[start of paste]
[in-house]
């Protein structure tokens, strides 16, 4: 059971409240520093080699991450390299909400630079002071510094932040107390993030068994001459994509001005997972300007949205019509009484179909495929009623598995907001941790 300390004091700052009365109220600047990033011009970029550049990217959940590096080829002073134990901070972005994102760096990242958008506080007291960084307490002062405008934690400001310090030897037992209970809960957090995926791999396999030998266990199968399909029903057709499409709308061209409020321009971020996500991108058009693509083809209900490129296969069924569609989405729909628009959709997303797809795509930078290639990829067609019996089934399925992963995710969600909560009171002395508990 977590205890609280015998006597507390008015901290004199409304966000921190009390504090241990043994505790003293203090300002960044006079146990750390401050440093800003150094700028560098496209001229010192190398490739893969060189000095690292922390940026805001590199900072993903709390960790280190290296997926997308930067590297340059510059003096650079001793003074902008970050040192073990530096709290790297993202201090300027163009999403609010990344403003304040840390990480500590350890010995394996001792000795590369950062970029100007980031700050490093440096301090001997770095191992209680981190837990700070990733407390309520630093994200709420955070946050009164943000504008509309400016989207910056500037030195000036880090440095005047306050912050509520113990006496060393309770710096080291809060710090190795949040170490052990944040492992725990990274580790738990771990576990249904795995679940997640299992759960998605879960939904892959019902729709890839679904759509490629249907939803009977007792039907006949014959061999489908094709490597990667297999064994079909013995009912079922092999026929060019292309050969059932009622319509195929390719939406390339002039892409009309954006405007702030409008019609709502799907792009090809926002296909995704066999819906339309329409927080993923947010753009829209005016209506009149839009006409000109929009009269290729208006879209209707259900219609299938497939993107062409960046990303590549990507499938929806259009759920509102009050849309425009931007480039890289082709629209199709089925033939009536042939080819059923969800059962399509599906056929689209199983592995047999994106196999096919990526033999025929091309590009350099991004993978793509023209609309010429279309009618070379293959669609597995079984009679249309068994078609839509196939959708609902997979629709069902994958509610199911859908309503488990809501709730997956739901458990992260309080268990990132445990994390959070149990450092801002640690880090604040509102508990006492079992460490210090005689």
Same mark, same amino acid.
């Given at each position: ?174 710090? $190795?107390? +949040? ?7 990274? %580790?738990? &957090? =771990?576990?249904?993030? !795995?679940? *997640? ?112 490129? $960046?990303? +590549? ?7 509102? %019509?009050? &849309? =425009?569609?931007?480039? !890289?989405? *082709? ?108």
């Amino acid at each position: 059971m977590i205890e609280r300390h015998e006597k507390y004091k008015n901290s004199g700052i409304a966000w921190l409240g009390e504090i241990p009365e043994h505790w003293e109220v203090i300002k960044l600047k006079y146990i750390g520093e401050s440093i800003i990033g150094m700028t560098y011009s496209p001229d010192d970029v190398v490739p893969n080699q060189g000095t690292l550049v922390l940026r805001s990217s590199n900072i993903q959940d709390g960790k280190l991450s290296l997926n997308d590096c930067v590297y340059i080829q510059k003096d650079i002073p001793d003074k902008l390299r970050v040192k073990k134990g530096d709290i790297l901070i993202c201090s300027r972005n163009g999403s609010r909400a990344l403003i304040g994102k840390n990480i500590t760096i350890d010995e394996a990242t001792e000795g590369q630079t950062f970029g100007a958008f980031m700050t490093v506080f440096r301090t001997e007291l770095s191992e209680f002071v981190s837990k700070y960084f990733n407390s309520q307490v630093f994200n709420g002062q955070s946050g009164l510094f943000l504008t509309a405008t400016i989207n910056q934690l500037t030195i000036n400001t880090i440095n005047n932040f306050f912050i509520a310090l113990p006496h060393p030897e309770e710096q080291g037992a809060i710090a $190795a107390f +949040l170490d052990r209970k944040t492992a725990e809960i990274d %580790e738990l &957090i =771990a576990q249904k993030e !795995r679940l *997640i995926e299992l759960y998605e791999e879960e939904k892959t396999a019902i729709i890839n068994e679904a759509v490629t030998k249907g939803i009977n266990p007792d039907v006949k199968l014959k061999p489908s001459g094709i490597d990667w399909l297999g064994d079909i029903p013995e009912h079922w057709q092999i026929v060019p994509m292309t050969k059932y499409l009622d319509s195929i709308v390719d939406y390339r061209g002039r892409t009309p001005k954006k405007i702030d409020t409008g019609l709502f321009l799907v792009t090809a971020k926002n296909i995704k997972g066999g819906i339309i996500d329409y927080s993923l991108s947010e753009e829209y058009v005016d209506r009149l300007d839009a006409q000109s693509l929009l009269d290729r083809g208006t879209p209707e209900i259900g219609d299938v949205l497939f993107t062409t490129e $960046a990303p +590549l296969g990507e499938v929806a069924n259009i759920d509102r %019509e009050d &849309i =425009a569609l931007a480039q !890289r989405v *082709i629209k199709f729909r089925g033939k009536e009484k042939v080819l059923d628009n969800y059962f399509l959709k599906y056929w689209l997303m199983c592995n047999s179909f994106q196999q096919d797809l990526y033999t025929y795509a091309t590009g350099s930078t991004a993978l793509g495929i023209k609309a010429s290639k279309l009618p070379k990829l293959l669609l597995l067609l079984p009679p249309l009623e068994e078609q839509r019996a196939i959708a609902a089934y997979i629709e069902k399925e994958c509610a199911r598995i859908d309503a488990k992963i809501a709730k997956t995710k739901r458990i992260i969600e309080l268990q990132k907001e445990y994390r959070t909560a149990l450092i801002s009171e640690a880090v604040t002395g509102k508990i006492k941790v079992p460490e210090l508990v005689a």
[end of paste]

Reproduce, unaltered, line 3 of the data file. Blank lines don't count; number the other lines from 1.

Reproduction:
Same mark, same amino acid.